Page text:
by Manisha Shah ::
Two months ago, I was very excited to start an internship with Sakhi for South Asian Women. After taking a long break from work for three years, this internship was going to be my first exposure to the real working world of New York. The bonus was an opportunity to work within the Economic Empowerment arm of Sakhi, the focus of which has always been very close to my heart. What a great opportunity! I was thrilled but also a little nervous because I didn’t know what to expect.
Almost eight weeks later now, I look back and think of what I initially learned: first of all, to gear up oneself for an over-crowded subway. As you join the other thousands of commuters on a weekday morning who speed through, you must walk quickly, keep your eyes forward, stay to the right on the escalator and don’t dare say “hello” to anyone who hasn’t had their morning cup of coffee.
Thankfully, the atmosphere at Sakhi office was much friendlier than that of the subway station each morning. There is something wonderfully refreshing about this organization full of people who are devoted to helping survivors of domestic violence.
As an intern in the Economic Empowerment Program, I have been interacting regularly with five to six survivors who need support in creating resumes, cover letters, exploring job opportunities, education, and housing options.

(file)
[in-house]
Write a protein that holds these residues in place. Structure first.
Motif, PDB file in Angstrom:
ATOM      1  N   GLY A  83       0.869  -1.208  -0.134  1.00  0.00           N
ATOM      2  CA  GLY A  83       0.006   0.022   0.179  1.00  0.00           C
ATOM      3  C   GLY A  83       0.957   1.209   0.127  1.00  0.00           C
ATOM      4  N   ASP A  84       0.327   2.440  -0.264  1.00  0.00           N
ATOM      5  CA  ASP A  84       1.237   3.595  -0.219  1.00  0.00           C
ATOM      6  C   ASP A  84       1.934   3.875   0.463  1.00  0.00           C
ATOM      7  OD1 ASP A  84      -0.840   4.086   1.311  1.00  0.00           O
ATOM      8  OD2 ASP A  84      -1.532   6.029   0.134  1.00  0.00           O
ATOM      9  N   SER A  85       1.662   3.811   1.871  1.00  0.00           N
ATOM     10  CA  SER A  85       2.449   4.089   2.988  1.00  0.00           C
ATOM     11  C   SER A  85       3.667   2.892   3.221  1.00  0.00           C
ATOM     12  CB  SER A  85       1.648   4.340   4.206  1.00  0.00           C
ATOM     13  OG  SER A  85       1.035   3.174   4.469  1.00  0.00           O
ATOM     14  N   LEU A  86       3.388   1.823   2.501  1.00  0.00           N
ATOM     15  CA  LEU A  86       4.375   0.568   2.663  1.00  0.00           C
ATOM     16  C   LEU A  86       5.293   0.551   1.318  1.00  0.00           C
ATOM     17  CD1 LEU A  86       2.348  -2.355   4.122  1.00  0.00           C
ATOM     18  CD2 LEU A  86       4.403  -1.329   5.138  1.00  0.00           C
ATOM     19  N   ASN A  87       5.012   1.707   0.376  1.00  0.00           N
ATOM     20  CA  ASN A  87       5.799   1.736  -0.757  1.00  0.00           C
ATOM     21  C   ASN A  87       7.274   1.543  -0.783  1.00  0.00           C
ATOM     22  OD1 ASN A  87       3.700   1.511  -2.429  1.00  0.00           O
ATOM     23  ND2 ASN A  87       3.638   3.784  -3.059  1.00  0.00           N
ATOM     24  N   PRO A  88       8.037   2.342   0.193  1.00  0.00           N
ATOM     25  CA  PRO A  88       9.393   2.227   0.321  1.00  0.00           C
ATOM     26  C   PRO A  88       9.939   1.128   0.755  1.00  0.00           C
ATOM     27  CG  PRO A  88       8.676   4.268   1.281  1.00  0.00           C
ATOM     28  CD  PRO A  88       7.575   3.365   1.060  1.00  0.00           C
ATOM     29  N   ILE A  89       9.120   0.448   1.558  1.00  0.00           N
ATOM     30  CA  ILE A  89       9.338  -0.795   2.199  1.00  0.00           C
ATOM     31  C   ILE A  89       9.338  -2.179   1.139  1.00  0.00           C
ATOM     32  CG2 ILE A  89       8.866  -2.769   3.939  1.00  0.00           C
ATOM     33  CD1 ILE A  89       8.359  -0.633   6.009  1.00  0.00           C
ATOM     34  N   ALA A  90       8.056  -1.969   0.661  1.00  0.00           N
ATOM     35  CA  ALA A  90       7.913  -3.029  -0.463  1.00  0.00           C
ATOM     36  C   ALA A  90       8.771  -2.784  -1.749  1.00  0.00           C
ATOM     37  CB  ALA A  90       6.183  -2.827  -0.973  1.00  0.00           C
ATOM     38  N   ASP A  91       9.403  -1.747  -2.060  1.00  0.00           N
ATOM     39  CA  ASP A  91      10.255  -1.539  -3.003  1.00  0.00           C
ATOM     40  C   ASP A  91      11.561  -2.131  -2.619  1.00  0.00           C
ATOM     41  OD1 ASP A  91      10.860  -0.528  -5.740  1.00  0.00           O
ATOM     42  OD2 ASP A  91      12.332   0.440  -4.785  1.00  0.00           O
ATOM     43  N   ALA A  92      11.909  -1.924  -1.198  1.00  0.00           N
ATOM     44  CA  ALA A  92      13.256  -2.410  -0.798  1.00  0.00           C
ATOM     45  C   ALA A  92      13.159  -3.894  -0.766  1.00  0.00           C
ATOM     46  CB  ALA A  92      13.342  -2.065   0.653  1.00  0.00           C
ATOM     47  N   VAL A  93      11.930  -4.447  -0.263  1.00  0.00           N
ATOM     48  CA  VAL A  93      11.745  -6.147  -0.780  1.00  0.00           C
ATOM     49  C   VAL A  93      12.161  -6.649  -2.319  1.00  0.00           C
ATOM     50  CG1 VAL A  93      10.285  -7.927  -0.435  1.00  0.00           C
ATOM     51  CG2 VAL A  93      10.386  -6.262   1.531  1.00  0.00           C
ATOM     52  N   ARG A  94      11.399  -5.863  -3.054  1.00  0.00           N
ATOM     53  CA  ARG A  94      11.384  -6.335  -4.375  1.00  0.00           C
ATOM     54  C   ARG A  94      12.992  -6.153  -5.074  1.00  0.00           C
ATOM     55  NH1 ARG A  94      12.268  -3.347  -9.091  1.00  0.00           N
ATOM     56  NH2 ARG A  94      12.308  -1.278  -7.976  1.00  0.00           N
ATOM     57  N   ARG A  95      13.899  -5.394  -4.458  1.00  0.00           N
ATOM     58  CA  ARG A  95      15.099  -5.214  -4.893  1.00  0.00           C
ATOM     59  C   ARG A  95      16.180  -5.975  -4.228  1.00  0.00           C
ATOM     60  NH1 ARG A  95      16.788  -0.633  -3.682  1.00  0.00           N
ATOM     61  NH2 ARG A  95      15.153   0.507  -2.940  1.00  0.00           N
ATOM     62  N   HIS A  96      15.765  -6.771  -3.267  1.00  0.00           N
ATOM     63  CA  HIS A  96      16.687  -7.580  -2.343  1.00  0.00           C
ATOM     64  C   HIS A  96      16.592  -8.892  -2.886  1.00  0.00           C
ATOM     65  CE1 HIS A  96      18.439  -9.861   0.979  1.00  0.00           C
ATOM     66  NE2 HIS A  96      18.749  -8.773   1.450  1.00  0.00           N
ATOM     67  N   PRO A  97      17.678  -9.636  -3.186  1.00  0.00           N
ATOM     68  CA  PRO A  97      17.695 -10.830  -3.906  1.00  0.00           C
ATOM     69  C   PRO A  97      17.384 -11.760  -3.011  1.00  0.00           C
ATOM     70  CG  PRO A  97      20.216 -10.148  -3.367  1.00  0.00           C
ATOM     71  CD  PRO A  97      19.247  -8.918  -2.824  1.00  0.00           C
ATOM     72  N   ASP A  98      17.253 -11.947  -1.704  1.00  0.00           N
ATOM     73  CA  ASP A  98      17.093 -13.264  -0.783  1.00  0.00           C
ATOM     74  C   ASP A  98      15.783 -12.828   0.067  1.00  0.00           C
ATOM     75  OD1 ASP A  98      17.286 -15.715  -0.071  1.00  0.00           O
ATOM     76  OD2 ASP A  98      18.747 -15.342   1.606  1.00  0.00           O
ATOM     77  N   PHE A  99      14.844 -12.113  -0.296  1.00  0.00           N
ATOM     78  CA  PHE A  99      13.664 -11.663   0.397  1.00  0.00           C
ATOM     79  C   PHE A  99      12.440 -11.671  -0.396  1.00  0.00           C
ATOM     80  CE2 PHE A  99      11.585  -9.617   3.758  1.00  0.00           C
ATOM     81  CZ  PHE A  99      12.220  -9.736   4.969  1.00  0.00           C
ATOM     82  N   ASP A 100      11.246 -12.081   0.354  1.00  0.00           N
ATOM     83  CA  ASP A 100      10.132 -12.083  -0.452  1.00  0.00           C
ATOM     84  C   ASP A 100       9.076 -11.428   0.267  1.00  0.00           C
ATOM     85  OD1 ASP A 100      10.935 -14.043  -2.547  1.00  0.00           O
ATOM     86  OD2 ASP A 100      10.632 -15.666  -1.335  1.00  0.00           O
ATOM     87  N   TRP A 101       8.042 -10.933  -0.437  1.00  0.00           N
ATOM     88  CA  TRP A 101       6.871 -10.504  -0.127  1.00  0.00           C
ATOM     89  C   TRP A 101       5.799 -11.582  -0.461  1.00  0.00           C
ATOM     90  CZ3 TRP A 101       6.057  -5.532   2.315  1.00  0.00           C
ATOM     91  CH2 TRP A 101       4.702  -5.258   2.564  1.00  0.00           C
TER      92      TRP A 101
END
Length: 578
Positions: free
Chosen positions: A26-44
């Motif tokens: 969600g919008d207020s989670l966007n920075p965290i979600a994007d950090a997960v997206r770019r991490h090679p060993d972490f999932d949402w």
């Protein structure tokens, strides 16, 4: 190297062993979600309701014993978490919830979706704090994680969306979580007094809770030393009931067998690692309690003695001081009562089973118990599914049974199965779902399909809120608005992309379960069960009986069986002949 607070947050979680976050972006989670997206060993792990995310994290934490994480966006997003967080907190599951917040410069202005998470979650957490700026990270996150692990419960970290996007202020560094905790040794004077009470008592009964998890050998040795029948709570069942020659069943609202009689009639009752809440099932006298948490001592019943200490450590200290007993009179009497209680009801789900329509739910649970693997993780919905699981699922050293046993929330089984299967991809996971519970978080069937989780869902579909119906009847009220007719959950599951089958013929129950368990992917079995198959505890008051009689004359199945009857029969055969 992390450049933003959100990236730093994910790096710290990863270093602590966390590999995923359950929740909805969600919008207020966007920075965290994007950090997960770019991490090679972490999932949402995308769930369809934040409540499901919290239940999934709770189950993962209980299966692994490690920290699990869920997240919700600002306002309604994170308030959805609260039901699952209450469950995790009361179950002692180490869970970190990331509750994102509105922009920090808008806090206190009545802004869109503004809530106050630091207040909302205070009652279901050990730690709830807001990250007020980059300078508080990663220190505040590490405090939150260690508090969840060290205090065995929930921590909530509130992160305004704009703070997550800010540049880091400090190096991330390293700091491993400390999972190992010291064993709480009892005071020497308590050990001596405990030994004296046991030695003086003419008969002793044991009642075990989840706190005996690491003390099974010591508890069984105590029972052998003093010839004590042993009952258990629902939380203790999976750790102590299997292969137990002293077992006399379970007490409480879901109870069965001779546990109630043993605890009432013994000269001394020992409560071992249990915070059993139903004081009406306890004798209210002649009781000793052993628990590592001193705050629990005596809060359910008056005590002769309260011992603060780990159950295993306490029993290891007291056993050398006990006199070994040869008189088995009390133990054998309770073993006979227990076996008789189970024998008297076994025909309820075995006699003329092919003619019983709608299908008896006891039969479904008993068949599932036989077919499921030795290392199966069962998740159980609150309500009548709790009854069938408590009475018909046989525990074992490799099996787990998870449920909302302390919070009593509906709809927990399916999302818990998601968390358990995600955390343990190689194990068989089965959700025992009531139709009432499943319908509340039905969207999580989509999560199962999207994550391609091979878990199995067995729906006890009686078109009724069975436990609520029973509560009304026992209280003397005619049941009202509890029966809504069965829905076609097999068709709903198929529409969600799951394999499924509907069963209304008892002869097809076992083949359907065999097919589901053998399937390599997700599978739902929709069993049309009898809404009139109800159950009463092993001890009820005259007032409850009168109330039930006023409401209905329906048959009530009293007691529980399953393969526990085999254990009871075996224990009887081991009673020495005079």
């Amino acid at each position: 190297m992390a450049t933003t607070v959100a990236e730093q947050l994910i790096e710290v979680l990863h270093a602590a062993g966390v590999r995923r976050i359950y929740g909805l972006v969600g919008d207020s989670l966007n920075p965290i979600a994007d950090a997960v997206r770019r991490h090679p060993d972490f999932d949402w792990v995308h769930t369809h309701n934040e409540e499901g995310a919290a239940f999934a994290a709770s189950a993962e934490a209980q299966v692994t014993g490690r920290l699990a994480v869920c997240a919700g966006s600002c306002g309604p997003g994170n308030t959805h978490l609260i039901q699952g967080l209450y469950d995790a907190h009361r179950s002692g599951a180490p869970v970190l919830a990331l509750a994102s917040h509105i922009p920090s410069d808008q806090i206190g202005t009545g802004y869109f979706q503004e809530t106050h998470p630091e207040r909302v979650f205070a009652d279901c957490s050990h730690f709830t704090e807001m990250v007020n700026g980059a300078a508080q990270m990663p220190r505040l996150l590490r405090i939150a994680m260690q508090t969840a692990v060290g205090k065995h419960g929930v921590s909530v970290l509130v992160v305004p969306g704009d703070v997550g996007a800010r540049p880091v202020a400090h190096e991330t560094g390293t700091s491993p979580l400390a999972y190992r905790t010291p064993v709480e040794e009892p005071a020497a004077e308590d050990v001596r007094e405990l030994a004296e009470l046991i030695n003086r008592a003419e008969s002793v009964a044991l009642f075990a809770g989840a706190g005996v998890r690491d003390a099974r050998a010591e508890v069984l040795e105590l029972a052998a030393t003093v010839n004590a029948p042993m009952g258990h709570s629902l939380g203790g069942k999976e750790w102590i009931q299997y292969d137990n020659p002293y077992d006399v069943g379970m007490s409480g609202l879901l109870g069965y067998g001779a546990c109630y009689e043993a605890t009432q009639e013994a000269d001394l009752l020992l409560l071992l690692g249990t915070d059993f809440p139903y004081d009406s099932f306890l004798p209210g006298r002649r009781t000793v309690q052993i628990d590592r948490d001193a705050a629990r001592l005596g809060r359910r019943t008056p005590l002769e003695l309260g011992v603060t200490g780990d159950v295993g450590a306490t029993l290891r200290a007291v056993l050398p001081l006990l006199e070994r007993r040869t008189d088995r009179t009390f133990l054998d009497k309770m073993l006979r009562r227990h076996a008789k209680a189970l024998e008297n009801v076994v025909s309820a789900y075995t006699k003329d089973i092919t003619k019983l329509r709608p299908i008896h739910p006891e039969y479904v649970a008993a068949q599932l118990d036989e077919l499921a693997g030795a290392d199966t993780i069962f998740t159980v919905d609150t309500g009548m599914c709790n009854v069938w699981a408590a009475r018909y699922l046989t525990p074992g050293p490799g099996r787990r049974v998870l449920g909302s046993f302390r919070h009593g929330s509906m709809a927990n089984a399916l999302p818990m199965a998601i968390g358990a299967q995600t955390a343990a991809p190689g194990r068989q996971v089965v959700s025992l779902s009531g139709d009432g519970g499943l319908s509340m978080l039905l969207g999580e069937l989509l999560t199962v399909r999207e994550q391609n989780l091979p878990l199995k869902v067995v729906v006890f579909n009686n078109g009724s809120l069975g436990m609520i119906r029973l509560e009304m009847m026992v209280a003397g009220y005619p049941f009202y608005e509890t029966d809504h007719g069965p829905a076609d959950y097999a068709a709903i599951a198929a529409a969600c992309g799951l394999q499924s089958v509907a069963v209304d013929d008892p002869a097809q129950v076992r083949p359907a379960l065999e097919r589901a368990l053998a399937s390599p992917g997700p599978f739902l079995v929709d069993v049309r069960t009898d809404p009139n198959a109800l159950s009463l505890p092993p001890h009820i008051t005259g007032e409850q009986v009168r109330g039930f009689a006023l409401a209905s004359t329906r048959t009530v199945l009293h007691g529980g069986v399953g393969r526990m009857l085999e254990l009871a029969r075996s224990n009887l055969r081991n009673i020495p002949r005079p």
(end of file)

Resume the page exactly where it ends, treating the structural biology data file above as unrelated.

I have been assisting survivors during the computer literacy workshops and it has truly been a journey of discovering new aspects of empowerment.
Small successes achieved in the computer classes, like creating an e-mail account and being able to send mails, has provided a sense of empowerment to the survivors. One of the survivors observed during the class, “I know just submitting the resume for a job isn’t a guarantee for getting the job, but I am happy that at least I have started the process.”
The power of knowledge achieved through these workshops gives survivors a better sense of control of the circumstances they are in. I have witnessed survivors refusing to be victims and trying to bounce back from traumatic situations. They are eager to learn, no matter how hard or confusing the task. The Economic Empowerment program enables survivors to attain a new confidence in attitude.
Another survivor observed, “Computers aren’t that difficult. I think with practice I will do much better.”
So, far, my internship at Sakhi has been an interesting journey—one where I have witnessed others’ triumphs, heartaches, and fears, but most importantly, a fierce will to survive.
For my part, meaningful work through passion sums up my work experience with Sakhi in the past two months.
In my remaining months as an intern, I look forward to seeing more successes.